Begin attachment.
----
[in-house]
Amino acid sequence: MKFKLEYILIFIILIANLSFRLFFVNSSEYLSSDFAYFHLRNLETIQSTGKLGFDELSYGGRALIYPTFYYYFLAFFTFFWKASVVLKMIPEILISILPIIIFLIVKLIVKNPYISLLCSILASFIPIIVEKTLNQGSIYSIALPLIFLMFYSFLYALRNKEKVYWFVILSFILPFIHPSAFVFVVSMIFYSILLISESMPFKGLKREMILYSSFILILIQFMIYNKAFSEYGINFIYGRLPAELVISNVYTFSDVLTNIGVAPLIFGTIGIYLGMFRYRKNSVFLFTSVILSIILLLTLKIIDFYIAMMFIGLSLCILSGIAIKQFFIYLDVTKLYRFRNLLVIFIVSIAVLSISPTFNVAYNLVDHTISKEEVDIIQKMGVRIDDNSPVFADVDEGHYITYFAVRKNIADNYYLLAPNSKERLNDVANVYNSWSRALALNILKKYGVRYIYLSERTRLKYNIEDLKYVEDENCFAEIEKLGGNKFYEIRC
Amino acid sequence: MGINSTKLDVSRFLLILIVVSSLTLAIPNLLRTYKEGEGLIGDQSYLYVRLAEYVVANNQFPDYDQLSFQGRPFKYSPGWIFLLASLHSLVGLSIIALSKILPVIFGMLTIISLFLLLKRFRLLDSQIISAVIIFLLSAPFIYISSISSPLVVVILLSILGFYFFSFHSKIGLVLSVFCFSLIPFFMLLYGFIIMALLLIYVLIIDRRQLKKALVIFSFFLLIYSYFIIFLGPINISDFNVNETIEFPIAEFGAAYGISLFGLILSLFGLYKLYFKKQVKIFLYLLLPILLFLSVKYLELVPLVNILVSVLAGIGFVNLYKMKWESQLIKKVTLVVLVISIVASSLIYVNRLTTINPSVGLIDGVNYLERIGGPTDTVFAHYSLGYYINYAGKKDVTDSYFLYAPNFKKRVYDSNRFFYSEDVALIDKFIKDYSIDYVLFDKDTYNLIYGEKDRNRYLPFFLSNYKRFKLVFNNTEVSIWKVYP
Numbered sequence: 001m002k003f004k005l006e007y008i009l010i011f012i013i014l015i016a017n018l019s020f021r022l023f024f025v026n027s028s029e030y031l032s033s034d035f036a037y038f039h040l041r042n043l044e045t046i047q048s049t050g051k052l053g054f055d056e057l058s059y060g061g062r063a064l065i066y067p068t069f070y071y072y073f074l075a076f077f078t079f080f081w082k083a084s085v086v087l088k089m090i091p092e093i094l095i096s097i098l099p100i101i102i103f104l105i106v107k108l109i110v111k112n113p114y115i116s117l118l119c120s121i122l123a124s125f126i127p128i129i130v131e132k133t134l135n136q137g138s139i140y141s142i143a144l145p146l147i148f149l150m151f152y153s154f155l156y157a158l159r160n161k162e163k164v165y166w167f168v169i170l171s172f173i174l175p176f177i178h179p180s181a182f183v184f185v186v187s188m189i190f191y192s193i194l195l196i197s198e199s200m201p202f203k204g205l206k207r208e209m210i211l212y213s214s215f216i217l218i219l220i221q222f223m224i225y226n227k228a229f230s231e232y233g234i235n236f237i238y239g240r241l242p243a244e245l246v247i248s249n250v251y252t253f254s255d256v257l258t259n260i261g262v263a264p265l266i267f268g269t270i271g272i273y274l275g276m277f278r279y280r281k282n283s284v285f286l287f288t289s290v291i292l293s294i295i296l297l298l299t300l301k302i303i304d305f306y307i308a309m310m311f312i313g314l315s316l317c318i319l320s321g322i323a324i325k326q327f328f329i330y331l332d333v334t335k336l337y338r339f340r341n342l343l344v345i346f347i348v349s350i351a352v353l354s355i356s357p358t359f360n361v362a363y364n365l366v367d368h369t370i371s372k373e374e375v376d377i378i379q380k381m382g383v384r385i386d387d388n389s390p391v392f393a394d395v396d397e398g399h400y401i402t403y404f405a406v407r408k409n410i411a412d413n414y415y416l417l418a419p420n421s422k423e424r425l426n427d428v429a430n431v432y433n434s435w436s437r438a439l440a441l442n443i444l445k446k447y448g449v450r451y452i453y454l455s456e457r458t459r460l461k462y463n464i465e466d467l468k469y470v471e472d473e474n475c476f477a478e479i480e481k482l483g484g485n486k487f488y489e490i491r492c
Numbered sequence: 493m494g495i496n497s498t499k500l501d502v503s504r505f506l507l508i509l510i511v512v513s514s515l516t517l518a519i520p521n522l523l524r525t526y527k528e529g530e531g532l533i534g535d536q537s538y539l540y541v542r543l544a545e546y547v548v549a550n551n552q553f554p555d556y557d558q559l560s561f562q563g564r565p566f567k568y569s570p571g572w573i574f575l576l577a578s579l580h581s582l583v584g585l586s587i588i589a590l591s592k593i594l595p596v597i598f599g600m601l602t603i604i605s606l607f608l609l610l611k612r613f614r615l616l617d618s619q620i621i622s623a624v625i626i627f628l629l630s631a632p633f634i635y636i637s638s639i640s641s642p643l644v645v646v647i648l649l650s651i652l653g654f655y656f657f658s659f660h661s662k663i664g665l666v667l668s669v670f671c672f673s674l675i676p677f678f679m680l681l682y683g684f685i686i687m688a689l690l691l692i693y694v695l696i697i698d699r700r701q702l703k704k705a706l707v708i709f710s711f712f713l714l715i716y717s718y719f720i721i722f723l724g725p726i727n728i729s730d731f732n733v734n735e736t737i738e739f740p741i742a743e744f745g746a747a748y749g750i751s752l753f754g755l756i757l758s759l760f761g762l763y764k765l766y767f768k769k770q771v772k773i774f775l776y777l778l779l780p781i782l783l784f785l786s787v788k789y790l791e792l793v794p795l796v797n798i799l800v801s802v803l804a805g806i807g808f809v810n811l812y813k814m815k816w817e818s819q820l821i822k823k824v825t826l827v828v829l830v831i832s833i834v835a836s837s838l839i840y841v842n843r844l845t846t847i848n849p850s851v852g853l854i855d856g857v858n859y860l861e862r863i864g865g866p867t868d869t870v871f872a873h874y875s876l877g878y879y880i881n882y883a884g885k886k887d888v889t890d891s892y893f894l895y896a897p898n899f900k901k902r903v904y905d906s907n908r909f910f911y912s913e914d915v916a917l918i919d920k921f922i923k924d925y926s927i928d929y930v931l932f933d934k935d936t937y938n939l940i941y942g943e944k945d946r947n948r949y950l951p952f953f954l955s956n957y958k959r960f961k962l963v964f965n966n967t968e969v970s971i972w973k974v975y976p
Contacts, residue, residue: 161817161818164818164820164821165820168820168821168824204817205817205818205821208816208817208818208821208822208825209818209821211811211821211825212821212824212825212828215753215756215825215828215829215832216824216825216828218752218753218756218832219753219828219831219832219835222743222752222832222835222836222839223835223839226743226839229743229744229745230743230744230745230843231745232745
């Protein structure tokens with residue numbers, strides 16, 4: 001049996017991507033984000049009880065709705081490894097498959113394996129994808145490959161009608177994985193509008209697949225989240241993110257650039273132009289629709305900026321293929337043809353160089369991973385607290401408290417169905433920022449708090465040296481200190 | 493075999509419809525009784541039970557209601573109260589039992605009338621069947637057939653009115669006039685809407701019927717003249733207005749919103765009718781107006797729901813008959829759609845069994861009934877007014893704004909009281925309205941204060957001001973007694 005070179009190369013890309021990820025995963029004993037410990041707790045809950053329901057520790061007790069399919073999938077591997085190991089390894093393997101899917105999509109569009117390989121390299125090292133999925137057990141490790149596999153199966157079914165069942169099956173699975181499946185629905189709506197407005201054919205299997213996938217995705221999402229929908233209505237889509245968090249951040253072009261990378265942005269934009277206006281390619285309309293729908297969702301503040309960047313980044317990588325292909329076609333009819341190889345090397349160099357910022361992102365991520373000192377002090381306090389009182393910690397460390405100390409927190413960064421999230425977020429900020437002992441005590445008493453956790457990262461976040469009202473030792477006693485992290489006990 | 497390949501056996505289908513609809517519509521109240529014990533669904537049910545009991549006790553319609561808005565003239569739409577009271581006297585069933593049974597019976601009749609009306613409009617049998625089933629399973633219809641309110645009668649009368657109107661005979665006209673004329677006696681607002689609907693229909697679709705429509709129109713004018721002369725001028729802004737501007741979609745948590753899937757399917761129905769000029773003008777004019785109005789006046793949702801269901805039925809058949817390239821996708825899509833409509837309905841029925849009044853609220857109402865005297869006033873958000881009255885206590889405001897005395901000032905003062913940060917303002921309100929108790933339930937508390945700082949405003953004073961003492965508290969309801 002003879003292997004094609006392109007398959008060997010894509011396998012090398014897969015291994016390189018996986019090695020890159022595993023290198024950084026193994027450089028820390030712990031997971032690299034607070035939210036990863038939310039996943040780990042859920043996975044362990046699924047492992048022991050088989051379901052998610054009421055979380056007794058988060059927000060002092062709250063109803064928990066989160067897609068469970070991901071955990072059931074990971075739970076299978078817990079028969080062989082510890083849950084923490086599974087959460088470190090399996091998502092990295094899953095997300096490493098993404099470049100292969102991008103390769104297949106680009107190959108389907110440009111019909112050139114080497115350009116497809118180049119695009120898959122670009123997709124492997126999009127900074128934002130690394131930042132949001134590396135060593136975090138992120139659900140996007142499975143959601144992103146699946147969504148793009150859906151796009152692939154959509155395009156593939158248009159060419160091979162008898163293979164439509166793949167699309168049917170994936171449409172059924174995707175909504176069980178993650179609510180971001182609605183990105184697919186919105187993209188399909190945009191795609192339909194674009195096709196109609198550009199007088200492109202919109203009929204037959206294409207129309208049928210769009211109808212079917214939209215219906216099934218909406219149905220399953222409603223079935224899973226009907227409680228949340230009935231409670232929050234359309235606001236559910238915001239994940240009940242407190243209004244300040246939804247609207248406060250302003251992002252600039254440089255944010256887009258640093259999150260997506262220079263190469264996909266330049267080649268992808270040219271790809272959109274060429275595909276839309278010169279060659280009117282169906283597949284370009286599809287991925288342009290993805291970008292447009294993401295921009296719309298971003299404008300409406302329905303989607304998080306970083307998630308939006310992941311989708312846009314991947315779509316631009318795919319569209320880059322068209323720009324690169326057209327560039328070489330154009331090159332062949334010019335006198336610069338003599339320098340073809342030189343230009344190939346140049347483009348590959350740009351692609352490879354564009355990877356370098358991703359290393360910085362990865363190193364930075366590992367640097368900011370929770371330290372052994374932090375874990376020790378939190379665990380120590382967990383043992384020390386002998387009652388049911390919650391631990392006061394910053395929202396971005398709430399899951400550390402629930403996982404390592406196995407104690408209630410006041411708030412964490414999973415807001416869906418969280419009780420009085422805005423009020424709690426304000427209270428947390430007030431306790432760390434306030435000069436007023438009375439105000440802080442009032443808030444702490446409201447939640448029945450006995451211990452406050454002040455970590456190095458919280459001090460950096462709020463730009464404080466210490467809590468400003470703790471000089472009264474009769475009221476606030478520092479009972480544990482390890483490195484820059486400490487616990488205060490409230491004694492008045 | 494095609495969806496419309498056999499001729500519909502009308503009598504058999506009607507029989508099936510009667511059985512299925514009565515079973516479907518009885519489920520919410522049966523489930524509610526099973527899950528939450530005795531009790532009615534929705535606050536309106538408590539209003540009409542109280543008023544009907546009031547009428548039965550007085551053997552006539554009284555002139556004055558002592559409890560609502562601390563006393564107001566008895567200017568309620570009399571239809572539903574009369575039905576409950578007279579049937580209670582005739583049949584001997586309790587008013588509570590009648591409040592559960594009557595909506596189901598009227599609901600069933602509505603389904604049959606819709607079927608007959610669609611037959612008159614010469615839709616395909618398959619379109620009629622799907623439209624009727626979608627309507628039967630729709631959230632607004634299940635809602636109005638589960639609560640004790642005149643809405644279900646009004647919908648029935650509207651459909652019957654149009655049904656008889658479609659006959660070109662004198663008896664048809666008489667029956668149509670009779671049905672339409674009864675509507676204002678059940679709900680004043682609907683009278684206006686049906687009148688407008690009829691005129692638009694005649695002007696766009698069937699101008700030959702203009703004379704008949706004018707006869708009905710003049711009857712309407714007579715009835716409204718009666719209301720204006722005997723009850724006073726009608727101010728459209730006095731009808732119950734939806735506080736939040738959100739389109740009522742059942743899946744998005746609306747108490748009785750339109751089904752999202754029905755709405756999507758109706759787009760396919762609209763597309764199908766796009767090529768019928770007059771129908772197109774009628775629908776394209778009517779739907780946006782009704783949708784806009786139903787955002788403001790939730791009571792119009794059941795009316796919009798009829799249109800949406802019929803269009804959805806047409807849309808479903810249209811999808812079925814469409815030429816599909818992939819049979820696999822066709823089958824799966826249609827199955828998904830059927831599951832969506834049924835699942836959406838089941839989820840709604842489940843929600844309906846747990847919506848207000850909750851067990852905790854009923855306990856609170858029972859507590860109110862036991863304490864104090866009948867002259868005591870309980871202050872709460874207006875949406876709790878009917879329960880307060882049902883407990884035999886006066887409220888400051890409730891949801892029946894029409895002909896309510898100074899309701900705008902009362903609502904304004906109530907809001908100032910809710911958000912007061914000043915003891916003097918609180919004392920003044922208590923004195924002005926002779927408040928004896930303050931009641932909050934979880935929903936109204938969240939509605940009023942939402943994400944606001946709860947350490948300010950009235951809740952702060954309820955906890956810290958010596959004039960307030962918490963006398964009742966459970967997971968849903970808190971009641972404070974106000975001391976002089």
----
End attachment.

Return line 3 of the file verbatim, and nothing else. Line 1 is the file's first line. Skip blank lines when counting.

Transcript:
Amino acid sequence: MGINSTKLDVSRFLLILIVVSSLTLAIPNLLRTYKEGEGLIGDQSYLYVRLAEYVVANNQFPDYDQLSFQGRPFKYSPGWIFLLASLHSLVGLSIIALSKILPVIFGMLTIISLFLLLKRFRLLDSQIISAVIIFLLSAPFIYISSISSPLVVVILLSILGFYFFSFHSKIGLVLSVFCFSLIPFFMLLYGFIIMALLLIYVLIIDRRQLKKALVIFSFFLLIYSYFIIFLGPINISDFNVNETIEFPIAEFGAAYGISLFGLILSLFGLYKLYFKKQVKIFLYLLLPILLFLSVKYLELVPLVNILVSVLAGIGFVNLYKMKWESQLIKKVTLVVLVISIVASSLIYVNRLTTINPSVGLIDGVNYLERIGGPTDTVFAHYSLGYYINYAGKKDVTDSYFLYAPNFKKRVYDSNRFFYSEDVALIDKFIKDYSIDYVLFDKDTYNLIYGEKDRNRYLPFFLSNYKRFKLVFNNTEVSIWKVYP